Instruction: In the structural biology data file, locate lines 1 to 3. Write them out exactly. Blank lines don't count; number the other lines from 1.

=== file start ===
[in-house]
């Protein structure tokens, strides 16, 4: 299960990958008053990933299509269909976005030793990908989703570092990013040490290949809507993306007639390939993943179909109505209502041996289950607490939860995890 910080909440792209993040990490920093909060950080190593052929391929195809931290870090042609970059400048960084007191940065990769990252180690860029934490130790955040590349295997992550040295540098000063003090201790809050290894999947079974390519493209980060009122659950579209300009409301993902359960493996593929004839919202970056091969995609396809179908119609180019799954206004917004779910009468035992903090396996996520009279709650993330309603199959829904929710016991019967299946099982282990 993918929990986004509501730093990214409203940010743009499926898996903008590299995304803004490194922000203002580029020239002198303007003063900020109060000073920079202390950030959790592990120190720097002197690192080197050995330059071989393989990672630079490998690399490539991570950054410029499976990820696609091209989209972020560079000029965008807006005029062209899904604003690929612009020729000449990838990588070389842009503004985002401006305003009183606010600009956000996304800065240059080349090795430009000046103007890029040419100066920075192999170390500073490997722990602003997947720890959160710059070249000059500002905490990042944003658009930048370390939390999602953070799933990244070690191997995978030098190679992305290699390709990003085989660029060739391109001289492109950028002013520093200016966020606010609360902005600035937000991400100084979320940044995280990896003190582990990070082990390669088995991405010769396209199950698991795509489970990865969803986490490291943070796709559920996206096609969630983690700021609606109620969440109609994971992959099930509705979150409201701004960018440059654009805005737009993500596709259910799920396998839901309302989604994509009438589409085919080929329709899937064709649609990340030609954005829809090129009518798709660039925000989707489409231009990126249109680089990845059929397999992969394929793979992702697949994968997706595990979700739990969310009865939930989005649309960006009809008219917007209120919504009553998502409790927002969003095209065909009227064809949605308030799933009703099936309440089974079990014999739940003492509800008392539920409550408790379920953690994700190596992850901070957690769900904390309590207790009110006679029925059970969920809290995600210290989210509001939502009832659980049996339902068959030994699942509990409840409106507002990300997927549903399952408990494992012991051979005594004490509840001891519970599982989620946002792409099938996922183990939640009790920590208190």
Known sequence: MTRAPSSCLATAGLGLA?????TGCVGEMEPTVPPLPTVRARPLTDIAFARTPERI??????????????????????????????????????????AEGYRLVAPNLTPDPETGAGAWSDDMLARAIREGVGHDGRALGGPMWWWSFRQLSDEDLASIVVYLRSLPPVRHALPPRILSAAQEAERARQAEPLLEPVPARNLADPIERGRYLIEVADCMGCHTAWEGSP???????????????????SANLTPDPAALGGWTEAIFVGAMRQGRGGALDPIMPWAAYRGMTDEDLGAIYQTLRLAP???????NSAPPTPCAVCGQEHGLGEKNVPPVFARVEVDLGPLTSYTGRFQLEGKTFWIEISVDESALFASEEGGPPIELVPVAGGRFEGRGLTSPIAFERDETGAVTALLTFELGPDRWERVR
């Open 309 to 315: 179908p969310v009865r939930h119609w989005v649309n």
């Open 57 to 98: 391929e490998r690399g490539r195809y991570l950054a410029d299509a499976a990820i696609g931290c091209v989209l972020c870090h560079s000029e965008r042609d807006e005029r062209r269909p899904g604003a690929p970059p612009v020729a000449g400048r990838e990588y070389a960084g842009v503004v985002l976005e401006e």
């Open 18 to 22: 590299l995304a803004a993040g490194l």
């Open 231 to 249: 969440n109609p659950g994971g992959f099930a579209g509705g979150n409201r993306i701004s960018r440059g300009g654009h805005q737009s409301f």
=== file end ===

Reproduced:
[in-house]
């Protein structure tokens, strides 16, 4: 299960990958008053990933299509269909976005030793990908989703570092990013040490290949809507993306007639390939993943179909109505209502041996289950607490939860995890 910080909440792209993040990490920093909060950080190593052929391929195809931290870090042609970059400048960084007191940065990769990252180690860029934490130790955040590349295997992550040295540098000063003090201790809050290894999947079974390519493209980060009122659950579209300009409301993902359960493996593929004839919202970056091969995609396809179908119609180019799954206004917004779910009468035992903090396996996520009279709650993330309603199959829904929710016991019967299946099982282990 993918929990986004509501730093990214409203940010743009499926898996903008590299995304803004490194922000203002580029020239002198303007003063900020109060000073920079202390950030959790592990120190720097002197690192080197050995330059071989393989990672630079490998690399490539991570950054410029499976990820696609091209989209972020560079000029965008807006005029062209899904604003690929612009020729000449990838990588070389842009503004985002401006305003009183606010600009956000996304800065240059080349090795430009000046103007890029040419100066920075192999170390500073490997722990602003997947720890959160710059070249000059500002905490990042944003658009930048370390939390999602953070799933990244070690191997995978030098190679992305290699390709990003085989660029060739391109001289492109950028002013520093200016966020606010609360902005600035937000991400100084979320940044995280990896003190582990990070082990390669088995991405010769396209199950698991795509489970990865969803986490490291943070796709559920996206096609969630983690700021609606109620969440109609994971992959099930509705979150409201701004960018440059654009805005737009993500596709259910799920396998839901309302989604994509009438589409085919080929329709899937064709649609990340030609954005829809090129009518798709660039925000989707489409231009990126249109680089990845059929397999992969394929793979992702697949994968997706595990979700739990969310009865939930989005649309960006009809008219917007209120919504009553998502409790927002969003095209065909009227064809949605308030799933009703099936309440089974079990014999739940003492509800008392539920409550408790379920953690994700190596992850901070957690769900904390309590207790009110006679029925059970969920809290995600210290989210509001939502009832659980049996339902068959030994699942509990409840409106507002990300997927549903399952408990494992012991051979005594004490509840001891519970599982989620946002792409099938996922183990939640009790920590208190």
Known sequence: MTRAPSSCLATAGLGLA?????TGCVGEMEPTVPPLPTVRARPLTDIAFARTPERI??????????????????????????????????????????AEGYRLVAPNLTPDPETGAGAWSDDMLARAIREGVGHDGRALGGPMWWWSFRQLSDEDLASIVVYLRSLPPVRHALPPRILSAAQEAERARQAEPLLEPVPARNLADPIERGRYLIEVADCMGCHTAWEGSP???????????????????SANLTPDPAALGGWTEAIFVGAMRQGRGGALDPIMPWAAYRGMTDEDLGAIYQTLRLAP???????NSAPPTPCAVCGQEHGLGEKNVPPVFARVEVDLGPLTSYTGRFQLEGKTFWIEISVDESALFASEEGGPPIELVPVAGGRFEGRGLTSPIAFERDETGAVTALLTFELGPDRWERVR